After a couple of very difficult years in the auto industry, the “dark clouds” are lifting, and, says Ford executive chairman Bill Ford, technology and innovation will lead the way.
“We’re becoming relevant again to young people in terms of what they think is cool,” said Ford. “I love that, I love that we’re redefining what it means to have a cool vehicle.”
That, Ford says, includes technology innovation, like Ford’s Sync system that connects cellular phones and mp3 players to vehicles.
Ford was the guest of honor at WWJ’s Dream Cruise Business Breakfast, held on the station’s 90th anniversary. This has been a good year for Ford Motor Company, which has made more than $5 billion in the first half of the year.
“The two biggest reasons people used to reject Ford were perceived quality and fuel economy. Well, we’ve taken those away.”
Ford says his company views electric vehicles as the wave of the future and won’t outsource production of electric vehicle powertrains.
“Electric vehicles are here to stay, and that needs to be a core competency of the company. We need to have as much knowledge in-house as we can.”
Because, says Ford, technology is changing the industry.
“It’s a new day. When you think about it, five years ago, not much had changed in the way Ford made and sold vehicles in 100 years. We still had internal combustion engines, we still sold through dealerships. Today we have biofuels, hybrids, plug-in hybrids, pure electrics … and we are dealing with Microsoft and Intel and eBay. It’s very exciting.”
That, Ford says, is starting to make the auto industry an interesting career choice for young people.
“(Ford is) now being seen as kind of a cool and hot place to work, and I love that… We’re starting to hire more of the best and the brightest from U of M, MSU, U of D, Wayne State and outstate,” he said.
And that’s critical to keeping young people in Michigan, Ford said. “You go to Chicago and it’s all young people who grew up in Michigan,” he complained.
Even in the darkest days of the auto recession, Ford said, the one thing the company could not cut was spending on innovation and product development.
“We’re still in a lousy period by historic standards,” Ford said. “Unit sales are not good. But with our liquidity and the fact that we’ve right-sized the company, we’re making a lot of money in a pretty lousy environment.”
Ford said his company could continue to earn money, even if the lower sales enviornment continues. Many analysts are starting to predict a recovery that takes longer than originally expected.
Ford also keeping an eye on his competition, as General Motors filed the paperwork this week for its initial public offering of stock.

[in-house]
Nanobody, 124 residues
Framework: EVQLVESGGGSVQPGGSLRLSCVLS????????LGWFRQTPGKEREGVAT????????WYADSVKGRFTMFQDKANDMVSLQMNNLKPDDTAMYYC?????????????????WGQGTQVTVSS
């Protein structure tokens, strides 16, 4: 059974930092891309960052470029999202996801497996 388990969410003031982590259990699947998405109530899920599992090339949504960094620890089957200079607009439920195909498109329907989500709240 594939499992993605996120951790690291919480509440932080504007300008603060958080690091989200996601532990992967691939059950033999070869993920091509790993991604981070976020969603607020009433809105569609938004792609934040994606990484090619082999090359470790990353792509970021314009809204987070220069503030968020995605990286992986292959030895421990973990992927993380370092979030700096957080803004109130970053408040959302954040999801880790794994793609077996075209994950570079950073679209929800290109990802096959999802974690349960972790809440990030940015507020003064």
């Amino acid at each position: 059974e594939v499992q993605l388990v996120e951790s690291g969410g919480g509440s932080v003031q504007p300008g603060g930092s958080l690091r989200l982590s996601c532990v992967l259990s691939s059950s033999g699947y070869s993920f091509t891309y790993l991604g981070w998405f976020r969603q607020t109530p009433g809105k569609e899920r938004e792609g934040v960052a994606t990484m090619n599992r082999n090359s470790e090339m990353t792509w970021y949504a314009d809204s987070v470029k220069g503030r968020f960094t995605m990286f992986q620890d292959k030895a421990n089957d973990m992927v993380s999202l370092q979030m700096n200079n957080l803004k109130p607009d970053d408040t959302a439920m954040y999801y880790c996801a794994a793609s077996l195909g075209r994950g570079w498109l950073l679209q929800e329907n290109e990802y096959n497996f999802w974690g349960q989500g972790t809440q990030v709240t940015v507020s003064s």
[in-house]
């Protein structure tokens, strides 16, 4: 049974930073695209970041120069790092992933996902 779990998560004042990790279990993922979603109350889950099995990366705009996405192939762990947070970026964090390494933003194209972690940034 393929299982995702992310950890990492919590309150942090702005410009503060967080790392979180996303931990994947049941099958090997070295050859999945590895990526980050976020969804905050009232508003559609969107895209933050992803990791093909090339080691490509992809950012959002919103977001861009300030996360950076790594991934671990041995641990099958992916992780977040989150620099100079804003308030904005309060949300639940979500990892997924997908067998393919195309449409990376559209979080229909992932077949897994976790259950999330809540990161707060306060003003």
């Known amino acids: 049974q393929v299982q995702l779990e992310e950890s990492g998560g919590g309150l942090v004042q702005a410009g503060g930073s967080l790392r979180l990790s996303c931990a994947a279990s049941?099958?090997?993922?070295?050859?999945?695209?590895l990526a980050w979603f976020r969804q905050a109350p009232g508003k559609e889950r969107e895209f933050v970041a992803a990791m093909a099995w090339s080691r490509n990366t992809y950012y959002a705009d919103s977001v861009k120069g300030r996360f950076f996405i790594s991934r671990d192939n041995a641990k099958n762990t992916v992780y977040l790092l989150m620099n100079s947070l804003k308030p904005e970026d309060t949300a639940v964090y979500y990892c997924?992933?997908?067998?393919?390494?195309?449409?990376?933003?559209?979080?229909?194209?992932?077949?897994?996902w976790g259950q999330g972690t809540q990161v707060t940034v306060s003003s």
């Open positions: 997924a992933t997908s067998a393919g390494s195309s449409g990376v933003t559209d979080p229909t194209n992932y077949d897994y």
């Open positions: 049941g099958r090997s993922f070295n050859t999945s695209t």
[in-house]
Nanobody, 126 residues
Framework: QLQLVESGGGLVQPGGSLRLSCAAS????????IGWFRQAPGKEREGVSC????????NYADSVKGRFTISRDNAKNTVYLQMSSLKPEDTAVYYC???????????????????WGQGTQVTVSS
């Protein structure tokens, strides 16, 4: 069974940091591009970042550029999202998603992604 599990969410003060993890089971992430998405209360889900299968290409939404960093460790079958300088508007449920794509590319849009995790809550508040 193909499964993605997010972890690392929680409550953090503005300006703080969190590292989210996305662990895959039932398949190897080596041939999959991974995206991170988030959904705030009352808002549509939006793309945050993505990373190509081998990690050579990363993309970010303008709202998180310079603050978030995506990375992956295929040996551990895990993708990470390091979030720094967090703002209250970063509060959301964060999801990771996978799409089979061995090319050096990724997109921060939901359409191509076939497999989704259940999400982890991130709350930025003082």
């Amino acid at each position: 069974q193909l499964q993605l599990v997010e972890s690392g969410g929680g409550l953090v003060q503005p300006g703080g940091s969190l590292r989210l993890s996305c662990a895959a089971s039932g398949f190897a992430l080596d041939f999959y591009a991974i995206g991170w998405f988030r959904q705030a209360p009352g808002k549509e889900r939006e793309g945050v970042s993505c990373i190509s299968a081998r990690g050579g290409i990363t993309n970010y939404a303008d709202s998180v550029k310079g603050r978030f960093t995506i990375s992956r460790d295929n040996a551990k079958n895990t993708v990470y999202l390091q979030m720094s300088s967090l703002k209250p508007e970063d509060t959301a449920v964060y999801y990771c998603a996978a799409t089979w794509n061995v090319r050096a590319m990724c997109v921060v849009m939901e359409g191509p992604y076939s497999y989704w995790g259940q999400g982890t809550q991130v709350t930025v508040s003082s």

“Our company and GM are ulitmately going to succeed or fail based upon performance,” said Ford, who told reporters after the breakfast that it’s likely that some his company could lose some investors to General Motors.
But, Ford said there are more important things to worry about than day to day fluctuations of stock price.
“The question is, ‘Is our business moving in the right direction, generating earnings and cash flow?’ If we do that over a period of time, we’ll be in great shape.”
Ford, who’s father owns the Detroit Lions said Detroit may have to stand in line behind cities that have brand new stadiums, but he felt Ford Field would host another Super Bowl. The venue hosted Super Bowl XL in 2006.
“The buzz after the Super Bowl was that this was the best Super Bowl we’ve ever had,” said Ford. “People were blown away by our venues. People think about Detroit but not about our institutions and our venues, like the DIA and the Henry Ford. Normally the (NFL) commissioner’s ball is held in a hotel ballroom. We held it on the floor of the museum.”
Ford also took time to praise the new Mustang Boss 302, saying it beats BMW’s M3 in a road course.
And he said it’s going to be easy to get people excited about electric cars.
“With EcoBoost, we can give you a six-cylinder Mustang that gets great fuel economy and the horsepower is fantastic,” Ford said. “We’re making four-cylinder cars that are a blast to drive. In electric vehicles it’s even better. You have instant torque. You touch the accelerator and your head snaps back.”
Overall, Ford said, the American auto industry is “bringing back the day when people fell in love with cars… the Woodward Dream Cruise is all about the period when people used to fall in love with cars.”
And now it’s back. After all, Ford said, “If the joy of driving isn’t in these vehicles, we might as well hang it up.” And if the Woodward Dream Cruise “is only about nostalgia, we might as well hang it up.”
(c) 2010, WWJ Newsradio 950. All rights reserved. WWJ AutoBeat Reporter Jeff Gilbert contributed to this report.